The four research questions were:
1. How do these students feel that their problem solving ability is affected by being part of a cooperative group where they can work with their peers on assigned tasks?
2. What are their teacher's perceptions with respect to her students' ability to solve a mathematical problem as a result of such an experience?
3. How do my own perceptions of the students' problem solving ability relate to their own perceptions and those of their teacher? What were some factors that appeared significant for group problem solving for the students in this mathematics class?
Factors such as previous experience with cooperative learning, student attendance, discipline, culture and language surfaced as influencing the ability of these students to work cooperatively to solve mathematical problems. The role of homework in a cooperative learning environment also emerged as an issue for future research considerations.
Bourgeois, Kara Ann (2008) Exploring Society’s Perceptions of Teachers. The Culture of Teaching in Eastern Newfoundland (Thesis, Dr. Clar Doyle)
This critical study uses qualitative methods to study the phenomenon of whether or not the teachers in Eastern Newfoundland society are positively perceived and valued for their work. Fifteen participants were selected from a cross section of society to provide their perceptions. This research indicates teachers are not considered to be respected professionals by many members of Eastern Newfoundland society.
The participants in this study believe that many members of society to not truly understand the complex nature of teaching and learning. The de-valuing of educators appears evident in the many challenges placed upon teachers such as the continuous downloading of work, inadequate funding, large class sizes, and increased abuse of teachers. It is believed these perceptions of teachers and the neglect of their challenging circumstances have lead to negative implications for teachers well-being and the successful delivery of education.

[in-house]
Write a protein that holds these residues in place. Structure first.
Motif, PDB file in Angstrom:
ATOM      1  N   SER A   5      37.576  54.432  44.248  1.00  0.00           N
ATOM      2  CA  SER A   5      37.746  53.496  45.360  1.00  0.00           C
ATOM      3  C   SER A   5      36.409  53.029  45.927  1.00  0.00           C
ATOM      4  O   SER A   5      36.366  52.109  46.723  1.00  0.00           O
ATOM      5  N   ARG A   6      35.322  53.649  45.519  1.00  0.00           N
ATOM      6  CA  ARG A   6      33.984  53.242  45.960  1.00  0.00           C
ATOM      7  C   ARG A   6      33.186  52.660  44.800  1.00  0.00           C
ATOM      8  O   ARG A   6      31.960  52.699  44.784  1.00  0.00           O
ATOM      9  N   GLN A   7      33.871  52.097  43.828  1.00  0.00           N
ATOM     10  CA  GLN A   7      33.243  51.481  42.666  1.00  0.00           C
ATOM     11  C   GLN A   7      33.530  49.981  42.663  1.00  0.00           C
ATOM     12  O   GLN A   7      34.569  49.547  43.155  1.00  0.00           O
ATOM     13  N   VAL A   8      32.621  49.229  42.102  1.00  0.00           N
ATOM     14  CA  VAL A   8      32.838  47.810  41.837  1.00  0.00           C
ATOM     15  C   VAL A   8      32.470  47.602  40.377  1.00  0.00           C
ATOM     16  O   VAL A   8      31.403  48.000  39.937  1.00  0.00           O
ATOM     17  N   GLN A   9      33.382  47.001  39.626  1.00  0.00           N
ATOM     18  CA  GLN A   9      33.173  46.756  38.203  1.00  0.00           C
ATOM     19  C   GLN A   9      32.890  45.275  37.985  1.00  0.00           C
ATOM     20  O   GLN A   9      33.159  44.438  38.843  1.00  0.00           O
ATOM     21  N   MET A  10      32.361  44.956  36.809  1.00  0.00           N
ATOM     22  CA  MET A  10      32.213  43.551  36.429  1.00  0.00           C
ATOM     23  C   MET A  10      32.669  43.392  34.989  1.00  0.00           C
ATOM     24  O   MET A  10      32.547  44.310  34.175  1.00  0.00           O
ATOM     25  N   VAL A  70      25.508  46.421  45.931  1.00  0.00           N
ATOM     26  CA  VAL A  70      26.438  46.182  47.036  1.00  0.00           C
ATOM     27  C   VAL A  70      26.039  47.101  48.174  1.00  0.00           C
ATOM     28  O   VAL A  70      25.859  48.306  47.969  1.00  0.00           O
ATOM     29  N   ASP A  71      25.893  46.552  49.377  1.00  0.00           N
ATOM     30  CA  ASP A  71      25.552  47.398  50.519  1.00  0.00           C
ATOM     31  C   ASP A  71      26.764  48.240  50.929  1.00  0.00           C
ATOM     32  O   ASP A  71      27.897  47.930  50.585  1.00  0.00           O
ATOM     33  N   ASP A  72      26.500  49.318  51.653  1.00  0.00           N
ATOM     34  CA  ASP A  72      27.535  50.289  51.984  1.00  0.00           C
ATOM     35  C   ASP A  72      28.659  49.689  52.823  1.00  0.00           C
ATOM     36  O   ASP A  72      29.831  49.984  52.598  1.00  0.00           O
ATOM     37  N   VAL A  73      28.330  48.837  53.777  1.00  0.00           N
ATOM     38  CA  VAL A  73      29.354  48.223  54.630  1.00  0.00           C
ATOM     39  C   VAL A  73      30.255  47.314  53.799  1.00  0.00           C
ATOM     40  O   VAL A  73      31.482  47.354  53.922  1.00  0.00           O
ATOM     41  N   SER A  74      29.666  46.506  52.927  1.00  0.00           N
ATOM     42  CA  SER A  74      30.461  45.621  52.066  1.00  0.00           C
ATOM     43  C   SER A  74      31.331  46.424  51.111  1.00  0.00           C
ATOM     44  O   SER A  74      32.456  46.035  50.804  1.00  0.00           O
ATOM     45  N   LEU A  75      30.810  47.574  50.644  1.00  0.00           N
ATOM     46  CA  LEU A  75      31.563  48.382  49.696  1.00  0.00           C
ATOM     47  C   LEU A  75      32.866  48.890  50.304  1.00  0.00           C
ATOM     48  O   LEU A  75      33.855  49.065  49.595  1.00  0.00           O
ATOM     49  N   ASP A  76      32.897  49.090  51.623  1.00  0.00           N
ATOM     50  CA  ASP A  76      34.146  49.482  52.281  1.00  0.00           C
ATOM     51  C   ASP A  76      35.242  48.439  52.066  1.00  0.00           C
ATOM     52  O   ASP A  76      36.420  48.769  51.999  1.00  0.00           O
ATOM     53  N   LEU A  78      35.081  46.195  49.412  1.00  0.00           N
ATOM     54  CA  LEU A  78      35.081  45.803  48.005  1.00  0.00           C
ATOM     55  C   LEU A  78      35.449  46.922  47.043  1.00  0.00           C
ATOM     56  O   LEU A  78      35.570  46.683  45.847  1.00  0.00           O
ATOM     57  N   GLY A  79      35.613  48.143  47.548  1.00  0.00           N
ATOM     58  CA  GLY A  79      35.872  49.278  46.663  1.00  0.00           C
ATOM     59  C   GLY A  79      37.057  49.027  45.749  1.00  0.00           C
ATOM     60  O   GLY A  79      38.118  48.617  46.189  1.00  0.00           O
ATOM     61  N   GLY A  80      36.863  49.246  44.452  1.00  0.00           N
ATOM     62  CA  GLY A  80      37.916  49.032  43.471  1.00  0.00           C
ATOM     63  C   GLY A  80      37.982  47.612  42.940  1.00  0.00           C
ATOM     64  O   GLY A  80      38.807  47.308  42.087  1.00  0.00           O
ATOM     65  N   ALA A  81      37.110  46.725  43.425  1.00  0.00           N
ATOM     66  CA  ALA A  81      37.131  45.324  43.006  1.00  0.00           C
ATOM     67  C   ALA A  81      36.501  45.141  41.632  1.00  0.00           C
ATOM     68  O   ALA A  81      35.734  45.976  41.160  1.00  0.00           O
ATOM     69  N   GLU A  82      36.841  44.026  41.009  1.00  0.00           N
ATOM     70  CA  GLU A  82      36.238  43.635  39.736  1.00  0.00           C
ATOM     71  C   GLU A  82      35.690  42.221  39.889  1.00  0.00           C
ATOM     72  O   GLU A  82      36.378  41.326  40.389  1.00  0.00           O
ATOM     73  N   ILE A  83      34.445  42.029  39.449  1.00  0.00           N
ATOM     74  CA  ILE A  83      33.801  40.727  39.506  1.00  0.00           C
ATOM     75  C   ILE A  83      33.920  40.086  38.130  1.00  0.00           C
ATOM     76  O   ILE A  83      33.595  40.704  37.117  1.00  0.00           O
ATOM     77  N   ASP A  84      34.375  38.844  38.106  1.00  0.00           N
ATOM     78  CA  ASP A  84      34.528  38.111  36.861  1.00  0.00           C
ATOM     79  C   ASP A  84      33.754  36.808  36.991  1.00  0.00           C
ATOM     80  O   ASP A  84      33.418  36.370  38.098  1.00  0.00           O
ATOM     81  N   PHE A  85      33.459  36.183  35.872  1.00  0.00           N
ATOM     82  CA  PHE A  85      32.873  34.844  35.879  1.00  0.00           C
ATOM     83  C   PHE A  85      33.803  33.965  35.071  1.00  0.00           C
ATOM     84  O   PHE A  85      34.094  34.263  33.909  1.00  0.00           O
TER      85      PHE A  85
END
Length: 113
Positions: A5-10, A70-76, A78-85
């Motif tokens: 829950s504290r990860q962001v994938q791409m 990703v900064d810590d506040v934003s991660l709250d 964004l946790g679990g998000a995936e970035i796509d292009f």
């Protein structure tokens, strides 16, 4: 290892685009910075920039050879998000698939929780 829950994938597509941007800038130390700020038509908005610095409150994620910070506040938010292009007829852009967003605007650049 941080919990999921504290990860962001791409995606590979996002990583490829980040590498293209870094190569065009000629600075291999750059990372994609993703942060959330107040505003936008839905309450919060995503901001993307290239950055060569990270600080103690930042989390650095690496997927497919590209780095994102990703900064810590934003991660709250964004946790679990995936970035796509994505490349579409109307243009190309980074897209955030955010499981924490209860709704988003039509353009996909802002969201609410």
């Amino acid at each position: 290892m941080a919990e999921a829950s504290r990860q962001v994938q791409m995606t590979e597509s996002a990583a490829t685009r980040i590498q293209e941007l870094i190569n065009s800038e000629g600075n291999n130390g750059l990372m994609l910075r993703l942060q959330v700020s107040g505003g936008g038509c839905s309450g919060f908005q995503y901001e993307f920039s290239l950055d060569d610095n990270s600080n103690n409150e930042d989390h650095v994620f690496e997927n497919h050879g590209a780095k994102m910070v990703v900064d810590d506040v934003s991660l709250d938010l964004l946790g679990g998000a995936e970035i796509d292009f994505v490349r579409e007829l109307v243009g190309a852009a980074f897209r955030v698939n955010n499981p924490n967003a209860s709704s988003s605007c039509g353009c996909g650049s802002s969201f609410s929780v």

Bramwell, Bryan K. (2004) Bullying in the School Setting: Video Illustrations of Related Strategies (Project Report; Dr. Wayne Nesbit)
Schooling is a necessity of life. In order to gain a simple entry-level job in today's world, employers require at least a high school diploma. For this reason, children need to go to school.
It is in these buildings that students learn the prescribed curriculum as mandated by the provincial government. They also learn how to socialize with others. Therefore education is a two-fold event – learning the curriculum as well as learning how to become a good citizen. The school is also a place where students learn other things as well. It is in these buildings that they are introduced to bullying. For some, this is the first time that they have experienced such a thing.
These experiences can result in scars that can stay with a student throughout their formal schooling years and beyond. Even today, some students develop anxiety disorders through these negative experiences. Bullying can take many forms, with each inflicting its own type of pain. This project, which includes the video entitled “Bullying”, as well as this accompanying paper, will provide educators with further research into this school-wide problem. It is through the assistance of many volunteers at Brother Rice Junior High and my faculty advisor, Dr. Nesbit, that this work has been completed. My utmost thanks to those involved for making this project come to fruition.
Breen, Corinne (1995) Integrating Technology and Teaching at a Technical Institute: An Internship Report Brown, Patricia (2003) The Roles and Responsibilities of the Effective Literacy Teacher (Internship Report; Dr. Marc Glassman) Bruce-Hayter, Catherine (1996) Computer Mediated Communication in Graduate Distance Education: A Qualitative Case Study (Thesis; Drs. Mary Kennedy and Rosonna Tite) Burgess, Neil (1996) The Development and Preliminary Evaluation of a Course and of the Kitikmeot BBS for Which the Course was Designed (Thesis; Dr. Glenn Clark)